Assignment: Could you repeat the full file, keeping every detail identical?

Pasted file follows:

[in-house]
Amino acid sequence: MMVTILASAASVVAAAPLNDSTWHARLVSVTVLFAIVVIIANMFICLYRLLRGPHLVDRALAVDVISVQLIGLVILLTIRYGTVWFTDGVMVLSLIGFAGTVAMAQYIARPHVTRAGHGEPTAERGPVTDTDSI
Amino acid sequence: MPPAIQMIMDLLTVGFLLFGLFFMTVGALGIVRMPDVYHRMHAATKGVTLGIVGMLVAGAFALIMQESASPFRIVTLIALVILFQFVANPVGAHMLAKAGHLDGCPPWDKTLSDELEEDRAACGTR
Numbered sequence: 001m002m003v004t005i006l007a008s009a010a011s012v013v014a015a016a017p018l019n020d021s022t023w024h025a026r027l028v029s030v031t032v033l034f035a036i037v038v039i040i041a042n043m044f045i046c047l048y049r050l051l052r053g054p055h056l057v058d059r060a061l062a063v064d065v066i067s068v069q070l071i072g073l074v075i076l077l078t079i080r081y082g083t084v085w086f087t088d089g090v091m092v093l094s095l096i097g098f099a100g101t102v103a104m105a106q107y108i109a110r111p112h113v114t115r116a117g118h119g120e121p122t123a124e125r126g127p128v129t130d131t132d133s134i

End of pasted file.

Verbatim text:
[in-house]
Amino acid sequence: MMVTILASAASVVAAAPLNDSTWHARLVSVTVLFAIVVIIANMFICLYRLLRGPHLVDRALAVDVISVQLIGLVILLTIRYGTVWFTDGVMVLSLIGFAGTVAMAQYIARPHVTRAGHGEPTAERGPVTDTDSI
Amino acid sequence: MPPAIQMIMDLLTVGFLLFGLFFMTVGALGIVRMPDVYHRMHAATKGVTLGIVGMLVAGAFALIMQESASPFRIVTLIALVILFQFVANPVGAHMLAKAGHLDGCPPWDKTLSDELEEDRAACGTR
Numbered sequence: 001m002m003v004t005i006l007a008s009a010a011s012v013v014a015a016a017p018l019n020d021s022t023w024h025a026r027l028v029s030v031t032v033l034f035a036i037v038v039i040i041a042n043m044f045i046c047l048y049r050l051l052r053g054p055h056l057v058d059r060a061l062a063v064d065v066i067s068v069q070l071i072g073l074v075i076l077l078t079i080r081y082g083t084v085w086f087t088d089g090v091m092v093l094s095l096i097g098f099a100g101t102v103a104m105a106q107y108i109a110r111p112h113v114t115r116a117g118h119g120e121p122t123a124e125r126g127p128v129t130d131t132d133s134i